ON MY FIRST MORNING IN jail, I woke to the sound of keys jangling, steel clanging. I opened my eyes to a cement ceiling. Approaching footsteps echoed. I sat up. White cinderblock walls surrounded me. I realized my back ached and, worse, that I hadn't been having a nightmare. The footsteps halted. Through a narrow opening a pair of large, dark eyes stared at me. "You want your tray?"
I pulled the sheet to my chin. "Pardon me?"
An oblong slot in the middle of the steel door opened, and through it a plastic tray slid forward. Breakfast: cereal, a plum, a cake doughnut, and milk. I couldn't eat.
I stood in the center of the concrete chamber, which had all the comforts of a roadside restroom, and I caught my reflection in what seemed to be a mirror above the sink. It proved to be a polished metallic square that dulled my image. Probably better that I couldn't see, I decided—not realizing that another 168 days would pass before I would see my reflection in a true mirror.
I had arrived here the day before, on July 20, 2001, after surrendering to the U.S. Marshals Service. A van transported me to the Federal Detention Center (FDC) on Texas Avenue in downtown Houston. I arrived wearing a pantsuit, pumps, and the only accessories allowed in prison: handcuffs and leg shackles, both secured to the "belly chain" girding my waist.
My crime? None, actually. Federal judge Melinda Harmon had found me in civil contempt for refusing to turn over my research materials for a book on an unsolved murder to a federal grand jury. Unless I obeyed the subpoena, I would be imprisoned as long as the grand jury was in session or for eighteen months, whichever occurred first. "I'm the Wicked Witch of the West," the judge said. "Meanest woman in the world. I'm not going to give her bond. She's going to have to go into custody."
Guards locked me in a holding tank for what seemed like hours. Finally one led me to an adjacent room that resembled and smelled like an Army surplus store: wall-to-wall shelves stacked high with khaki and Army-green uniforms. She ordered me into a changing booth and pitched a cardboard box at my feet. "Everything in the box," she said, snapping on latex gloves. I removed my slacks and jacket, which I folded and placed in the box. I draped my scarf over them and set my shoes on top.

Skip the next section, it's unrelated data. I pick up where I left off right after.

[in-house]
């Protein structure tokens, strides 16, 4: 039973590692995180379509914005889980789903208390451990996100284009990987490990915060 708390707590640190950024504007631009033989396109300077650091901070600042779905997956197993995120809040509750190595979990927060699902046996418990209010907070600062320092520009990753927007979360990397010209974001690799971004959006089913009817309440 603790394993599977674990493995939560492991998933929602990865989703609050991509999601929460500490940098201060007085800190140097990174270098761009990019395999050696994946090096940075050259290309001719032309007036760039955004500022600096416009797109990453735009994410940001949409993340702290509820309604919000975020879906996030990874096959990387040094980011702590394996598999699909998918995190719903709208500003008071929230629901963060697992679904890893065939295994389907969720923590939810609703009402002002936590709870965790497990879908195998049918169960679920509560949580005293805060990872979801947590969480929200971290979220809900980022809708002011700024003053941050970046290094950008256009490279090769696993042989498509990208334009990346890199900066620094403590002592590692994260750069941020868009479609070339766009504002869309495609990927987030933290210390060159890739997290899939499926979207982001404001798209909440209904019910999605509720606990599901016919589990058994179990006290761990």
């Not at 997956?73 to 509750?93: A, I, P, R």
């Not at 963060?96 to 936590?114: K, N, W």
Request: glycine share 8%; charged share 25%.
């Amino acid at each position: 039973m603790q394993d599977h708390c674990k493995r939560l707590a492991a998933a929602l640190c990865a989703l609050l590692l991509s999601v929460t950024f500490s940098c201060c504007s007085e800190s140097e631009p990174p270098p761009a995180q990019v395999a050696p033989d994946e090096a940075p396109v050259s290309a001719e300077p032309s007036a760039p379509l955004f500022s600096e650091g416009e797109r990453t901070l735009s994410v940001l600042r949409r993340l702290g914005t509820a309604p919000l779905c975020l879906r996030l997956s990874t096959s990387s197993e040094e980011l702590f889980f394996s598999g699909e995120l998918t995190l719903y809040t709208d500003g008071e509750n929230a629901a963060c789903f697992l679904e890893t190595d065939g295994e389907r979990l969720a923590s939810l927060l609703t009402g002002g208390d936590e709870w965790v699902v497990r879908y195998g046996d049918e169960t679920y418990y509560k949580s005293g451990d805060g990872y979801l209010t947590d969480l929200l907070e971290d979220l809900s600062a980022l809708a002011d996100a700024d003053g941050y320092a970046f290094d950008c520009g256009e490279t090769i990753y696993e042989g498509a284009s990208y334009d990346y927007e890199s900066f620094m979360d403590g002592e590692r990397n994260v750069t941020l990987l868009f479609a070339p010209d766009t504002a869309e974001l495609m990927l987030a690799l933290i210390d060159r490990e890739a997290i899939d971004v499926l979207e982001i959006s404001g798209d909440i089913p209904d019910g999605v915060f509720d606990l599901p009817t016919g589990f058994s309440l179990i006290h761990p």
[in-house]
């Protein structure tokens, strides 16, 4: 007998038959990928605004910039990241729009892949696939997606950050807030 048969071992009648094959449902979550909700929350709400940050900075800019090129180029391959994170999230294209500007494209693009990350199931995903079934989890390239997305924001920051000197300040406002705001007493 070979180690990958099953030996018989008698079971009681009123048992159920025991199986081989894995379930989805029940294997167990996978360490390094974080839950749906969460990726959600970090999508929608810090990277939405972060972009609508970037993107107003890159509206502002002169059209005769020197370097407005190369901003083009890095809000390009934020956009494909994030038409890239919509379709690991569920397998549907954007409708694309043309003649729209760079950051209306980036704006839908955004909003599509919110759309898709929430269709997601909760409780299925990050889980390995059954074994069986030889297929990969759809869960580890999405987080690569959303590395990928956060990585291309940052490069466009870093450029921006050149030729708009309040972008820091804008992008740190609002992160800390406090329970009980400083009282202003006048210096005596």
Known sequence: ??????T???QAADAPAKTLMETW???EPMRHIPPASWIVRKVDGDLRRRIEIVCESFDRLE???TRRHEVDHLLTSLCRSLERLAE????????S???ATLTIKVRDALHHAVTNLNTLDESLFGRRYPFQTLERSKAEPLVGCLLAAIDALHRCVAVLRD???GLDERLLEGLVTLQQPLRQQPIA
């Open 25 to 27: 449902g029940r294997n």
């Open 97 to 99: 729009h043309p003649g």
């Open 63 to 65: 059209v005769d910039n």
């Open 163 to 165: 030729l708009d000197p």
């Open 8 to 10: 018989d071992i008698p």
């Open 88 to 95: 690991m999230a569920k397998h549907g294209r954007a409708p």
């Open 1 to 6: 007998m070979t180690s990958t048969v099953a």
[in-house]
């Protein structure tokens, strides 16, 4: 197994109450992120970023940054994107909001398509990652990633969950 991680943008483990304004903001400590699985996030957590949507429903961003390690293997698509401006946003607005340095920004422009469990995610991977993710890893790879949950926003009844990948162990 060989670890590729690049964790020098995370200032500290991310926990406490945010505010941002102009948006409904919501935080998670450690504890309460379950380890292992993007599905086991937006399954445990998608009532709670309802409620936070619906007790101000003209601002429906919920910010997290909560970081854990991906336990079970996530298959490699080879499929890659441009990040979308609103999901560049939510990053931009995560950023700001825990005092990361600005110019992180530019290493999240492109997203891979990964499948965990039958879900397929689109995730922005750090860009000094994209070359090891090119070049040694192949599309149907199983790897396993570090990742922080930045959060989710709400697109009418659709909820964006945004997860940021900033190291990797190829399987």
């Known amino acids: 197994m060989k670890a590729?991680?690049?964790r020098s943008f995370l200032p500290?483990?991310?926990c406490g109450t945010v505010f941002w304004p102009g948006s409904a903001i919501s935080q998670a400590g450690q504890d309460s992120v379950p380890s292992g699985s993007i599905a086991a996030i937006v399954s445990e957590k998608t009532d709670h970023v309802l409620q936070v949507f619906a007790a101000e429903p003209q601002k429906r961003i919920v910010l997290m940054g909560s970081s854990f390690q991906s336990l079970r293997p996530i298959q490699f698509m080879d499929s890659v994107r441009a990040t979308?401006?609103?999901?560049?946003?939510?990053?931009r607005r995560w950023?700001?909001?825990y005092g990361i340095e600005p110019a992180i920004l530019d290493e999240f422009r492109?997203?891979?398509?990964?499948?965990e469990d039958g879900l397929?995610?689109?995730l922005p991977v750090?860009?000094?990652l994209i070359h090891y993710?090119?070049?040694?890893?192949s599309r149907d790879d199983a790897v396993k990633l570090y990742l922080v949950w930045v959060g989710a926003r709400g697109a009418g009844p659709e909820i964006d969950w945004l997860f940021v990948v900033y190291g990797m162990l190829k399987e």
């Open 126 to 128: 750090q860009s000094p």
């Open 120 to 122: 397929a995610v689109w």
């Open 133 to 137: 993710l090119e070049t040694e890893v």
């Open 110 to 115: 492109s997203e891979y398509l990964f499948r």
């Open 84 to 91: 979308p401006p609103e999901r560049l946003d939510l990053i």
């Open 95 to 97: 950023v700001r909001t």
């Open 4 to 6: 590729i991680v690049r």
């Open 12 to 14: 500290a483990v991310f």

The guard tilted her head at me. "I said everything"—she looked down at a sheet of paper—"Leggett."
I took off my undergarments and a barrette—my identity, it seemed—and added them to the box, which she sealed and said would be sent to my home. My new wardrobe consisted of several tan uniforms, a sweatshirt, cream undershirts, sports bras, panties, gray gym socks, and a pair of navy canvas shoes. Everything used.
Outside the changing stall, I was required to sit on a large thronelike apparatus that looked like an electric chair. As instructed, I placed my jaw on its protruding chin-plate. The device, a Body Orifice Security Scanner, or BOSS, detects metal weapons inside body cavities. An officer rolled my fingerprints, assigned me a federal identification number, and snapped my mug shot. I was federal prisoner 13371-179.
THE THREE EAST WOMEN'S UNIT is on the third level of the FDC. A two-tiered cell block about the size of a large gymnasium, it houses approximately 120 women, two to a cell. The rubber soles of my slip-on shoes squeaked across the floor as the guard led me toward the far side of the unit. Opening a caged area apart from the main unit, the guard said he had arranged for me to stay in the unit's "deluxe suite," a private room. This was his little joke: I was to be housed in solitary confinement since I'd been admitted after lockdown.
The cell was about the size of a walk-in closet. A metal bunk bed, storage locker, and small desk with a swing-out seat were each riveted to the floor and walls. A porcelain sink and toilet sat just inside the cell's door within view of whoever looked in the window alongside the door. Before leaving, the guard said that an officer would check on me during the night. "Don't get all the way under the sheet," he advised. "If you don't leave an arm or something exposed, they'll wake you up to make sure you're there."
I chose the upper bunk since its thin mattress appeared less soiled than the lower bunk's. After making the bed I decided I would at least attempt an escape—the only escape possible: sleep. I pressed the silver button near the cell door to turn off the light. When it didn't work, I punched it several times until the unit officer arrived to ask that I not set off the duress button unless I had an emergency.
When I asked how to turn off the light, he said, "You don't. They gotta stay on so we can monitor you during the night." Since I couldn't sleep, I decided to read the literature provided me, particularly the part about infractions, like causing false alarms. I climbed to the upper bunk and read the Admission and Orientation Handbook cover to cover.
I don't remember falling asleep.
THE NEXT DAY, I WAS transferred into the general population and assigned a cell. Scores of women in inmates' uniforms occupied the unit's common area. The bundle I carried to my cell gave me away as the new girl. All eyes were on me. I tried to follow the manual's instructions: "Carry yourself in a confident manner at all times. Do not permit your emotions (fear/anxiety) to be obvious to others."
The first inmate I met was my cellmate. A short, stout Hispanic woman in her fifties whom the other inmates affectionately called Mom, she greeted me with a sympathetic smile. Her English was